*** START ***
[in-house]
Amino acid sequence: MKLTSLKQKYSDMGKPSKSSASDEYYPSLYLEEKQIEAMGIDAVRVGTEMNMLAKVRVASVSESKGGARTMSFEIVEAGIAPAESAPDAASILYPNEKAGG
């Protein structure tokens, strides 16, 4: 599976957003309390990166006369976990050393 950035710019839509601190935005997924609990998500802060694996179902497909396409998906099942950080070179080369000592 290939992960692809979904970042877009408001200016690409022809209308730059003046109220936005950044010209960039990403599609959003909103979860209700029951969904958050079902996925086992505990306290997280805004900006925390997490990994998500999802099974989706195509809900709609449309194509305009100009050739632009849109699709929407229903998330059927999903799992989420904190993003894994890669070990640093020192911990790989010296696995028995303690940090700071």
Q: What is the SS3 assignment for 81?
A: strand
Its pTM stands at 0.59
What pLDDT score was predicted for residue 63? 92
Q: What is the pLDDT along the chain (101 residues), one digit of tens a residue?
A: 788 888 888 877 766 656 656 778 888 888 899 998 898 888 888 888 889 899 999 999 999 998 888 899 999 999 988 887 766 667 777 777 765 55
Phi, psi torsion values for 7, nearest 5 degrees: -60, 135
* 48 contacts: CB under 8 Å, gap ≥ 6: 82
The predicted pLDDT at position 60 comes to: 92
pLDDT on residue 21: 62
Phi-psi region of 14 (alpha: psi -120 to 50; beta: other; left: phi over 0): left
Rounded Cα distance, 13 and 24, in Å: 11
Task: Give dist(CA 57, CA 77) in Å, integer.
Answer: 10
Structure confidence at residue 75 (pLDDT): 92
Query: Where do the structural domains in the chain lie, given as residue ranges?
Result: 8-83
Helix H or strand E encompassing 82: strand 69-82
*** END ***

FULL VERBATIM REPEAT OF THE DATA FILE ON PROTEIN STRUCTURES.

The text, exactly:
[in-house]
Amino acid sequence: MKLTSLKQKYSDMGKPSKSSASDEYYPSLYLEEKQIEAMGIDAVRVGTEMNMLAKVRVASVSESKGGARTMSFEIVEAGIAPAESAPDAASILYPNEKAGG
């Protein structure tokens, strides 16, 4: 599976957003309390990166006369976990050393 950035710019839509601190935005997924609990998500802060694996179902497909396409998906099942950080070179080369000592 290939992960692809979904970042877009408001200016690409022809209308730059003046109220936005950044010209960039990403599609959003909103979860209700029951969904958050079902996925086992505990306290997280805004900006925390997490990994998500999802099974989706195509809900709609449309194509305009100009050739632009849109699709929407229903998330059927999903799992989420904190993003894994890669070990640093020192911990790989010296696995028995303690940090700071």
Q: What is the SS3 assignment for 81?
A: strand
Its pTM stands at 0.59
What pLDDT score was predicted for residue 63? 92
Q: What is the pLDDT along the chain (101 residues), one digit of tens a residue?
A: 788 888 888 877 766 656 656 778 888 888 899 998 898 888 888 888 889 899 999 999 999 998 888 899 999 999 988 887 766 667 777 777 765 55
Phi, psi torsion values for 7, nearest 5 degrees: -60, 135
* 48 contacts: CB under 8 Å, gap ≥ 6: 82
The predicted pLDDT at position 60 comes to: 92
pLDDT on residue 21: 62
Phi-psi region of 14 (alpha: psi -120 to 50; beta: other; left: phi over 0): left
Rounded Cα distance, 13 and 24, in Å: 11
Task: Give dist(CA 57, CA 77) in Å, integer.
Answer: 10
Structure confidence at residue 75 (pLDDT): 92
Query: Where do the structural domains in the chain lie, given as residue ranges?
Result: 8-83
Helix H or strand E encompassing 82: strand 69-82